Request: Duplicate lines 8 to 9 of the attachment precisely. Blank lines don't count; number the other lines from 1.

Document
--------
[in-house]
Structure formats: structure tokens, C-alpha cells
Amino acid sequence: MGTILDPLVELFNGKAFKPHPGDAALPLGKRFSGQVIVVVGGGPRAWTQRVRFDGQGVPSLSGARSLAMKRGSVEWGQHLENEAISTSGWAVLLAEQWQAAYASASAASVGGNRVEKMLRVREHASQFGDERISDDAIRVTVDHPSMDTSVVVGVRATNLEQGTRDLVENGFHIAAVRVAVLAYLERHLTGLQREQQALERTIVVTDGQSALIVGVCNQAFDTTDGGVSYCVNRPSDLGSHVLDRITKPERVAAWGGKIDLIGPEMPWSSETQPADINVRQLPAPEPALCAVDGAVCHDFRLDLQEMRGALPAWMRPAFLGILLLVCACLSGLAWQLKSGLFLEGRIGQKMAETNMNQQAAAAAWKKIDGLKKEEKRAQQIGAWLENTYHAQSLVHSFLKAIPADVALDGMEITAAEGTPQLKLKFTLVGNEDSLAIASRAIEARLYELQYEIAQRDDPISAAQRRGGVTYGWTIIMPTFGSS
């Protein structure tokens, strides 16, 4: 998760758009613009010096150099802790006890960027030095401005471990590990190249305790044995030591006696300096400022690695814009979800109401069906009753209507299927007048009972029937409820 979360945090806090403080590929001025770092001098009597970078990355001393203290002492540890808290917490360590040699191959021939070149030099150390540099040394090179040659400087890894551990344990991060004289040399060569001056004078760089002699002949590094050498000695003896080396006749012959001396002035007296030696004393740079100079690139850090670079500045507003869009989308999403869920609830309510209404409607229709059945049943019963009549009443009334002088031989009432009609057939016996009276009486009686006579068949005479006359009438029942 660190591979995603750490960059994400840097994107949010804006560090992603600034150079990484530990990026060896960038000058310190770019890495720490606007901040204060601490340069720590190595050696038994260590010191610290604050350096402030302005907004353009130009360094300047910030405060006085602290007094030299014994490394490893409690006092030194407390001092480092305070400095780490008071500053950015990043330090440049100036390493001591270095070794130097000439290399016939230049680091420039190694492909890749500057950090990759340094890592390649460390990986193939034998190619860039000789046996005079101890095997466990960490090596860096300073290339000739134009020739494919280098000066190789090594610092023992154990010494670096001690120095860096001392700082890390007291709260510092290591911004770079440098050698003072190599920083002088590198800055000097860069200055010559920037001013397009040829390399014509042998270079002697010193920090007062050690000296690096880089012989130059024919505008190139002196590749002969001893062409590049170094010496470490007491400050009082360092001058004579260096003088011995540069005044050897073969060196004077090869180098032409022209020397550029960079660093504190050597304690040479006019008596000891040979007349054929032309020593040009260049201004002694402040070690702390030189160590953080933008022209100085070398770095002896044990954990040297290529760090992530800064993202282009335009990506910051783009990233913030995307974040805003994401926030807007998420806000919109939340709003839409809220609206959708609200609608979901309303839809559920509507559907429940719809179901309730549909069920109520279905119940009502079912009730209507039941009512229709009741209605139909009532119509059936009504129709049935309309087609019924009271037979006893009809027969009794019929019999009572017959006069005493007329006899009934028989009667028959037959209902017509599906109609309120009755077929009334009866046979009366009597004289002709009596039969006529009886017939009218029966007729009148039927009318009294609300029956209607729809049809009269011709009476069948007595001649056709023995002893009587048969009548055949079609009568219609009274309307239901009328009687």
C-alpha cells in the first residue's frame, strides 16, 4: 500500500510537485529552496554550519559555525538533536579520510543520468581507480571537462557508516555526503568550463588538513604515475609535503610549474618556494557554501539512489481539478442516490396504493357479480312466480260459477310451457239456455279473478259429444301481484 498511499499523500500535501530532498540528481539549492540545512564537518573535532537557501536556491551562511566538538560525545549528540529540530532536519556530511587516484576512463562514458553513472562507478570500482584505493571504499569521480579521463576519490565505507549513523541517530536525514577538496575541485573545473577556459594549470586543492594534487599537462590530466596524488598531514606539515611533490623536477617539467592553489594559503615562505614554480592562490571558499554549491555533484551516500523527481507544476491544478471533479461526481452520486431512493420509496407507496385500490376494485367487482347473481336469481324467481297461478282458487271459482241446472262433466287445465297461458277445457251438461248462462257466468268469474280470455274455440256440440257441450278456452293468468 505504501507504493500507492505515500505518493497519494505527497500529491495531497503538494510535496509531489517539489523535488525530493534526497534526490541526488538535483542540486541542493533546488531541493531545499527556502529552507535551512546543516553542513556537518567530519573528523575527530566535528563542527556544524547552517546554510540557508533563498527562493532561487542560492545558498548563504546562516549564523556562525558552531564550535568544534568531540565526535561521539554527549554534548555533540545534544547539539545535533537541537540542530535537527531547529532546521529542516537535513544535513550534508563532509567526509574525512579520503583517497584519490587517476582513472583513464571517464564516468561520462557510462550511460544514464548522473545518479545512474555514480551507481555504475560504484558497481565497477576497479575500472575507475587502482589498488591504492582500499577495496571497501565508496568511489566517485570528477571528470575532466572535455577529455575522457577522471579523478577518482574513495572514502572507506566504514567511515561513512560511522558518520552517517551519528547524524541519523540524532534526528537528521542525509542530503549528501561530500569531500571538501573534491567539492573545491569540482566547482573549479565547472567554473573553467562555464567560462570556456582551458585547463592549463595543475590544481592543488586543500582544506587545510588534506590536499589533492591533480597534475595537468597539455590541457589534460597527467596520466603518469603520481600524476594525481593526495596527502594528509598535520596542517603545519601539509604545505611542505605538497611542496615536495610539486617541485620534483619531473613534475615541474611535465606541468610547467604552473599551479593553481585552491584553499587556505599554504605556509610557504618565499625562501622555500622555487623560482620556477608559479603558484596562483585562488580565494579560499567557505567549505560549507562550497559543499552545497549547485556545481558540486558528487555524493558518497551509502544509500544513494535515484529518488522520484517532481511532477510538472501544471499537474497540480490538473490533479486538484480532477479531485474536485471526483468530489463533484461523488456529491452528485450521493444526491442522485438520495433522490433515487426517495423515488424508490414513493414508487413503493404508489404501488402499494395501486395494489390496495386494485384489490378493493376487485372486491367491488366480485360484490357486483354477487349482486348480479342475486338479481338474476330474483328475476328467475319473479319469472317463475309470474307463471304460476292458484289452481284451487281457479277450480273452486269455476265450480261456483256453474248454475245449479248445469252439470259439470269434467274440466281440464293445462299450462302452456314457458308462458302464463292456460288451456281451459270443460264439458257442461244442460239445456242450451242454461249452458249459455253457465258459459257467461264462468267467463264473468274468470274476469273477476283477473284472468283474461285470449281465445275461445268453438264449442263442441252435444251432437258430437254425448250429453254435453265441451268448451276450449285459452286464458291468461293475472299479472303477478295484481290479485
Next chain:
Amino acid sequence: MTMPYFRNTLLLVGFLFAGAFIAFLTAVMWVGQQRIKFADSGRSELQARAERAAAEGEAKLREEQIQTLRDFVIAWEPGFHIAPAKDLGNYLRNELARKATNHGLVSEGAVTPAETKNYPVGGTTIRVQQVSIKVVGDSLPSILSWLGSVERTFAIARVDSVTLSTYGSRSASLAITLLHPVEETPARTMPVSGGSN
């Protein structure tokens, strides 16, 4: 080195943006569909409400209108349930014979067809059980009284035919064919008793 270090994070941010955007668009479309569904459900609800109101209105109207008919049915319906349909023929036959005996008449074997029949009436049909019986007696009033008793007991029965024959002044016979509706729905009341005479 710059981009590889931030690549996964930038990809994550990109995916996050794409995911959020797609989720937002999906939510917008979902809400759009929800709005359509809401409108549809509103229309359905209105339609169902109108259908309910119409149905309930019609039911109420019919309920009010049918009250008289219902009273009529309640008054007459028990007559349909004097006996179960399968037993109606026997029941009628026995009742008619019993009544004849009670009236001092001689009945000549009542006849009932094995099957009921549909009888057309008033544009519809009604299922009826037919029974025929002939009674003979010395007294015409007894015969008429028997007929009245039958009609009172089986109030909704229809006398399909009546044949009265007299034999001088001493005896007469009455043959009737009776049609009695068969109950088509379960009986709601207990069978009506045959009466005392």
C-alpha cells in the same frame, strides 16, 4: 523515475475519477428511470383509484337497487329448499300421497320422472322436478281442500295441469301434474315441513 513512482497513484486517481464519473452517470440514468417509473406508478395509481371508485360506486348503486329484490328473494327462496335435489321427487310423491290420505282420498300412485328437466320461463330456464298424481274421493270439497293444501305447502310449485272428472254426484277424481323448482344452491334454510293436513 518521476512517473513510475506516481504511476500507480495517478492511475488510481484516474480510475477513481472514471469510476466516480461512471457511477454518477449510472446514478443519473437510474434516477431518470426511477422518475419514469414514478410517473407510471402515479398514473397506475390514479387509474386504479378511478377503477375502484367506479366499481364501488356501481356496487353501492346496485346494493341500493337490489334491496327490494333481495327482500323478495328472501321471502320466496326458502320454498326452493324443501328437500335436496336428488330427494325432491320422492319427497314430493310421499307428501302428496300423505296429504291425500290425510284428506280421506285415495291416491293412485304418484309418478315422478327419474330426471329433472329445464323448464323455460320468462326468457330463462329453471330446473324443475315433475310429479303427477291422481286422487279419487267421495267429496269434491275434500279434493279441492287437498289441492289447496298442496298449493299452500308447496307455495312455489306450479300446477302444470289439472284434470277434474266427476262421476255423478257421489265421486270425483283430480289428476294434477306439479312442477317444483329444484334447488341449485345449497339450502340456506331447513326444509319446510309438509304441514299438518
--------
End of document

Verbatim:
């Protein structure tokens, strides 16, 4: 080195943006569909409400209108349930014979067809059980009284035919064919008793 270090994070941010955007668009479309569904459900609800109101209105109207008919049915319906349909023929036959005996008449074997029949009436049909019986007696009033008793007991029965024959002044016979509706729905009341005479 710059981009590889931030690549996964930038990809994550990109995916996050794409995911959020797609989720937002999906939510917008979902809400759009929800709005359509809401409108549809509103229309359905209105339609169902109108259908309910119409149905309930019609039911109420019919309920009010049918009250008289219902009273009529309640008054007459028990007559349909004097006996179960399968037993109606026997029941009628026995009742008619019993009544004849009670009236001092001689009945000549009542006849009932094995099957009921549909009888057309008033544009519809009604299922009826037919029974025929002939009674003979010395007294015409007894015969008429028997007929009245039958009609009172089986109030909704229809006398399909009546044949009265007299034999001088001493005896007469009455043959009737009776049609009695068969109950088509379960009986709601207990069978009506045959009466005392």
C-alpha cells in the same frame, strides 16, 4: 523515475475519477428511470383509484337497487329448499300421497320422472322436478281442500295441469301434474315441513 513512482497513484486517481464519473452517470440514468417509473406508478395509481371508485360506486348503486329484490328473494327462496335435489321427487310423491290420505282420498300412485328437466320461463330456464298424481274421493270439497293444501305447502310449485272428472254426484277424481323448482344452491334454510293436513 518521476512517473513510475506516481504511476500507480495517478492511475488510481484516474480510475477513481472514471469510476466516480461512471457511477454518477449510472446514478443519473437510474434516477431518470426511477422518475419514469414514478410517473407510471402515479398514473397506475390514479387509474386504479378511478377503477375502484367506479366499481364501488356501481356496487353501492346496485346494493341500493337490489334491496327490494333481495327482500323478495328472501321471502320466496326458502320454498326452493324443501328437500335436496336428488330427494325432491320422492319427497314430493310421499307428501302428496300423505296429504291425500290425510284428506280421506285415495291416491293412485304418484309418478315422478327419474330426471329433472329445464323448464323455460320468462326468457330463462329453471330446473324443475315433475310429479303427477291422481286422487279419487267421495267429496269434491275434500279434493279441492287437498289441492289447496298442496298449493299452500308447496307455495312455489306450479300446477302444470289439472284434470277434474266427476262421476255423478257421489265421486270425483283430480289428476294434477306439479312442477317444483329444484334447488341449485345449497339450502340456506331447513326444509319446510309438509304441514299438518